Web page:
Market Meditations | May 12, 2021
Fibonacci Retracement: As Confusing As It Sounds?
Markets consist of supply and demand imbalances. There are certain prices where traders want to bid aggressively (known as demand zones) and certain prices where traders want to sell aggressively (known as supply zones). If you want an in-depth tutorial on supply and demand, check out our YouTube video here.
?Fibonacci levels are simply areas where price is likely to find an aggressive bidder (area of support) or aggressive seller (area of resistance).
It is not necessary to understand the way the Fibonacci retracement levels are calculated as trading software today will do this for you, but you should be aware of the most commonly used Fibonacci retracement levels among traders:
? 23.6%, 38.2%, 50%, 61.8%, and 78.6%.
The percentages mark our key levels price often retraces to after a move up or down. Where the move begins is known as the base. Where the move ends is known as the top.
For example, if price comes down to the 23.6% level after a move up from the base, that means it has retraced 23.6% from the top of the previous move. Let’s take a look at how to draw Fibonacci levels.
How to Draw Your Fibonacci Levels
? There is no right or wrong way to draw Fibonacci levels, If you decide to integrate Fibonacci levels into your trading system, however, make sure the method you use is consistent.
Otherwise, you’ll risk your past data not being helpful in the future. We’ve posted an image of the TradingView settings we use for Fibonacci retracement below. Check out our Beginner’s Guide to Trading Fibonacci Retracements & Extensions where we hold your hand through the setup process.
Here’s one method to consider when drawing Fibonacci levels ?
- Drawing Your Base: locate a candle body or wick where the trend began or at a lower low.
- Drawing Your Top: locate a candle body or wick where the trend ends or at a higher high.
You can see in the example below that during this uptrend, we’ve chosen our base to be at $6855.87 and our top to be at $8472.55, the swing low and high of this move. Moreover, you can see that after the price hit a higher high, it retraced exactly 50% of the move, touching the 0.5 Fibonacci level to the dollar. Note, whilst we have provided an example in an uptrend, this tool works in a downtrend as well.
? Often, price will move upwards, pause by retracing a little bit, and then continue moving higher.
Is that technically considered a swing low? You may ask yourself, “how do you define a top in such cases where the price continues to move higherwithout any meaningful retracement?”
- Remember, there is no end all be all answer and the most important thing is finding a system that you use consistently.
- One strategy in these situations, however, is to trail the top until the move has retraced sufficiently.
- We consider a move that has touched the 0.382 Fibonacci level as “retraced sufficiently.” It’s not enough to move the swing low, in our trading system, if the price only retraces to the 0.236 level.
- So in a situation where the price moves up to $X, retraces to the 0.236, and then continues up to $Y, we would keep our original swing low as the base, but move our top from the original $X to $Y.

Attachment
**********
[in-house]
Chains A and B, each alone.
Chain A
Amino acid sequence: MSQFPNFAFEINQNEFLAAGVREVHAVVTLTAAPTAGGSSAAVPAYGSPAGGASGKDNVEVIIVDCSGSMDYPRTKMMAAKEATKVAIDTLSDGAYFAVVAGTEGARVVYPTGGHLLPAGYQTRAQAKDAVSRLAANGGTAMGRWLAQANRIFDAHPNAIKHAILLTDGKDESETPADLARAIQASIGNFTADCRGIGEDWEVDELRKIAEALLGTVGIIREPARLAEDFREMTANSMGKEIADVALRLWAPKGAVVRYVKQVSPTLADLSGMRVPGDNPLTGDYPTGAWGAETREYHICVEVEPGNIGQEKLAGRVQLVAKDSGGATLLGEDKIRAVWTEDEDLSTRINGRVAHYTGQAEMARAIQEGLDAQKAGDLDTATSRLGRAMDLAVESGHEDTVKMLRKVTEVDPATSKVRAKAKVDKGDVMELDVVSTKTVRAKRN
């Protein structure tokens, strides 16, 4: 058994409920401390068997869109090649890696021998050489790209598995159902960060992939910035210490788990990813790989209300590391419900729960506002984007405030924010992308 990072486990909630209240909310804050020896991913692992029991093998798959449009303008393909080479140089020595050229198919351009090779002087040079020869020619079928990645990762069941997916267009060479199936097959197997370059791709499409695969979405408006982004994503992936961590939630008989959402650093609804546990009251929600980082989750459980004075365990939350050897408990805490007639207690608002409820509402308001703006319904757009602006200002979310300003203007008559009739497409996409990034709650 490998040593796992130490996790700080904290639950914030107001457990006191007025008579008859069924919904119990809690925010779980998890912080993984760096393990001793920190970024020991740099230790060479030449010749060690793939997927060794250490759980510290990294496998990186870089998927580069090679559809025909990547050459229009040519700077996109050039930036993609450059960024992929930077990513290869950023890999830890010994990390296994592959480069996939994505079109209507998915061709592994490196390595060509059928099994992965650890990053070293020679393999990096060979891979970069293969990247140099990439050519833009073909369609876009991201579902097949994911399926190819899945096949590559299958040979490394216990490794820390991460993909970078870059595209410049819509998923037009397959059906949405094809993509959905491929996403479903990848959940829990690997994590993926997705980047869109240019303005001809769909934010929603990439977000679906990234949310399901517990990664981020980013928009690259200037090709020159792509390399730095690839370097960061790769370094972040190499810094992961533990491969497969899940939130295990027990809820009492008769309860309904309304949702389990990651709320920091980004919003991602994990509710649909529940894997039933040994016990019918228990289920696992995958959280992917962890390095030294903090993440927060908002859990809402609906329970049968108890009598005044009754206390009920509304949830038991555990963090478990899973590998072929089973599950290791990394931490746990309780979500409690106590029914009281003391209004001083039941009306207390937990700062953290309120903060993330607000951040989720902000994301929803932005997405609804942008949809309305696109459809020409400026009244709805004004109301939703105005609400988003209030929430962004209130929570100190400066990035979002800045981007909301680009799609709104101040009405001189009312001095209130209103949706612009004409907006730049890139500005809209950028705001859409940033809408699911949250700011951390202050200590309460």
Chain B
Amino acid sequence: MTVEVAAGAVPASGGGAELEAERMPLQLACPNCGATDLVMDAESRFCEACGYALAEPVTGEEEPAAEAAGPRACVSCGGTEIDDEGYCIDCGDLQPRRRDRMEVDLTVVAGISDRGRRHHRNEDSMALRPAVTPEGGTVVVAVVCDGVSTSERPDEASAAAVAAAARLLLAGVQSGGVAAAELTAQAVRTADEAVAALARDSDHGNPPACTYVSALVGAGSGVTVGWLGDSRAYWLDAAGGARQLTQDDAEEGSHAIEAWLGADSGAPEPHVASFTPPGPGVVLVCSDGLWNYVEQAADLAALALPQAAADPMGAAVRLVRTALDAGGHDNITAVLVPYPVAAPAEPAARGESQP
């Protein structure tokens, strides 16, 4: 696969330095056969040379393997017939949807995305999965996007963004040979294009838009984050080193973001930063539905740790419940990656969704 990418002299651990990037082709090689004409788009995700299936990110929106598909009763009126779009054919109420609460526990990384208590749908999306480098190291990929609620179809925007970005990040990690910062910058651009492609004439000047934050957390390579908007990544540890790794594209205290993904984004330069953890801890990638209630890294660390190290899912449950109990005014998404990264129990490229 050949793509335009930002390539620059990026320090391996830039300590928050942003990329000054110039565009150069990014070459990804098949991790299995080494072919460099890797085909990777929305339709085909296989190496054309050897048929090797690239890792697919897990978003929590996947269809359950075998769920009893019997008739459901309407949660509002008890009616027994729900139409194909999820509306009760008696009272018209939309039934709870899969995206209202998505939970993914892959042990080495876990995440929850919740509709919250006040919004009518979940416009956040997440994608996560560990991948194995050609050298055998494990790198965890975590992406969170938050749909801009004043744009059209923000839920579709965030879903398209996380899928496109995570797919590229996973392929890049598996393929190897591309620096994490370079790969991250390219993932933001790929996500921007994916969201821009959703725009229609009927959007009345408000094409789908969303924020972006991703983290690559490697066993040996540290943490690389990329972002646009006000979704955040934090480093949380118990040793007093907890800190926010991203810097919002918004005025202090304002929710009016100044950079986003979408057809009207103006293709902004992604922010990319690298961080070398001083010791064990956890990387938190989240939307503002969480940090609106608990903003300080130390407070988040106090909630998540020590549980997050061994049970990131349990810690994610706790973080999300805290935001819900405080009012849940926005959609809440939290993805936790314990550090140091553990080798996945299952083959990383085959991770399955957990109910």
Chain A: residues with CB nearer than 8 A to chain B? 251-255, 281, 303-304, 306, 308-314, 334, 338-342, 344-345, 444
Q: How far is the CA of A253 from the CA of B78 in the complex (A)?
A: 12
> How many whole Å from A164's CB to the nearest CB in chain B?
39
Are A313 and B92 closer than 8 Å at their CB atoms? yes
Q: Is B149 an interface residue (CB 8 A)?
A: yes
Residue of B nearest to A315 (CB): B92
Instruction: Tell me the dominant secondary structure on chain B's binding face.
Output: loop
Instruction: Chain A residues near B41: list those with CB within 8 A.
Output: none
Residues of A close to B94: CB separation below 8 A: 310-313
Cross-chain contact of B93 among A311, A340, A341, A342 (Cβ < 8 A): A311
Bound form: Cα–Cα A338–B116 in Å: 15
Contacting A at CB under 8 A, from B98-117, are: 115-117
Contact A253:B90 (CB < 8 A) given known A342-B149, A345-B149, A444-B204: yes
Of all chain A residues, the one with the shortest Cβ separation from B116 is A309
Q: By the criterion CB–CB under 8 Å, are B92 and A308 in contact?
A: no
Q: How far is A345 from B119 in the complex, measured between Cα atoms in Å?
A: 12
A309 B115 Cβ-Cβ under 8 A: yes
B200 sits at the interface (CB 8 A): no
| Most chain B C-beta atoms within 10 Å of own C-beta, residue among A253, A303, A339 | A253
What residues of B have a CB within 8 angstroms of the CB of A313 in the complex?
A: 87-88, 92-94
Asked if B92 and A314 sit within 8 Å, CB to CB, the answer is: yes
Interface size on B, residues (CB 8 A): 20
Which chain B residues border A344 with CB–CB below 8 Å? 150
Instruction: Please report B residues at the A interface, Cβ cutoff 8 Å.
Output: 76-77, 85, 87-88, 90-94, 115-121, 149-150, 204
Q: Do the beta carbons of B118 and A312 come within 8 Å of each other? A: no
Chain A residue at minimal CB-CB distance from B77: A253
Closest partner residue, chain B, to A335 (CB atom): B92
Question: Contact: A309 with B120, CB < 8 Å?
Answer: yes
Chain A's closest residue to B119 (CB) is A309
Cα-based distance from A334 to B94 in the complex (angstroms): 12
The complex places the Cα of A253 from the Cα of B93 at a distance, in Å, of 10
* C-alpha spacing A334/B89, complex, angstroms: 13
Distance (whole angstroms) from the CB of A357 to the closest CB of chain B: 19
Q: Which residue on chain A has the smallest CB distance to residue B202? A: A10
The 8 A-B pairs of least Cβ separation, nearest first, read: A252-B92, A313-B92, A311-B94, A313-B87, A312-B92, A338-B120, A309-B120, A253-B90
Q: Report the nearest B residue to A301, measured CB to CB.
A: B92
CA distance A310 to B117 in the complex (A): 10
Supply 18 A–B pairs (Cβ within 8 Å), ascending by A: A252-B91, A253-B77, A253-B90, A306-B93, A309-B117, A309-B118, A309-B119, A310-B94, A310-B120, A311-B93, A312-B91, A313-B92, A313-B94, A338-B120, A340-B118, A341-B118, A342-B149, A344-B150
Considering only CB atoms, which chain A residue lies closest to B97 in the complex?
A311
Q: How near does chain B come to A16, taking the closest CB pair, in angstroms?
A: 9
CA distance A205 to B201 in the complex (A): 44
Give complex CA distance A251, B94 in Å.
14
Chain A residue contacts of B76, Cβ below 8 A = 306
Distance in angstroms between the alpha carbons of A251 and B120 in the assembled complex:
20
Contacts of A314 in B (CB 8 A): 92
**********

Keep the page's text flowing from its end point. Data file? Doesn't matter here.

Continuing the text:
In other words, we keep moving the top up until price retraces to the 0.382 level. We’ve published a YouTube video wherein Koroush trails a top if you’d like to learn more.
Using Fibonacci Retracements in Your Trading
One of the most helpful functions of the Fibonacci tool is to aid in determining the strength of a trend. Put simply, the more the price retraces a move, the weaker the trend is. The less the price retraces a move, the stronger that trend is. Let’s define this more quantitatively.
Price retraces only to the 0.236 level ➡️ extreme strength.
Price retraces to the 0.382 level ➡️ high strength.
Price retraces to the 0.5 level ➡️ normal strength
Price retraces to the 0.618 level ➡️ below average strength
Price retraces to the 0.786 level ➡️ weak strength
? In addition to trend strength, you can utilise Fibonacci levels to find high probability areas for support and resistance. This is especially helpful when there is limited price action. In this regard, Fibonacci extensions can help you determine potential upside targets. For example, you might create a system in which you long the potential support of an extremely strong trend at the 0.236 level and sell when price creates a higher high at the -0.236 level.
When it comes to Fibonacci extensions, the stronger the trend the further you expect price to extend. Only by testing, however, can we get a better idea of the probability of each level of support and resistance holding. Check out our podcast episode to learn more about emerging crypto trends at a macro level.
? Of course, there are also limitations to trading with Fibonacci levels. Just like any other indicator, they should be used as confluence to take on high probability trades, not as signals to enter and exit a trade. It’s also important to mention that proper risk management is paramount: just because you have a 0.382 level drawn on your chart does not mean price has to find support there.
Use indicators like Fibonacci levels as confluence with proper fundamental analysis, price action, and other indicators of your choice to take on high probability trades. In Part 1 of this 3 Part series, for example, we discussed Moving Averages. If you saw that a 0.382 retracement level lines up perfectly with the 4H SMA, for example, this can be a high probability long if you’ve taken care of your risk management.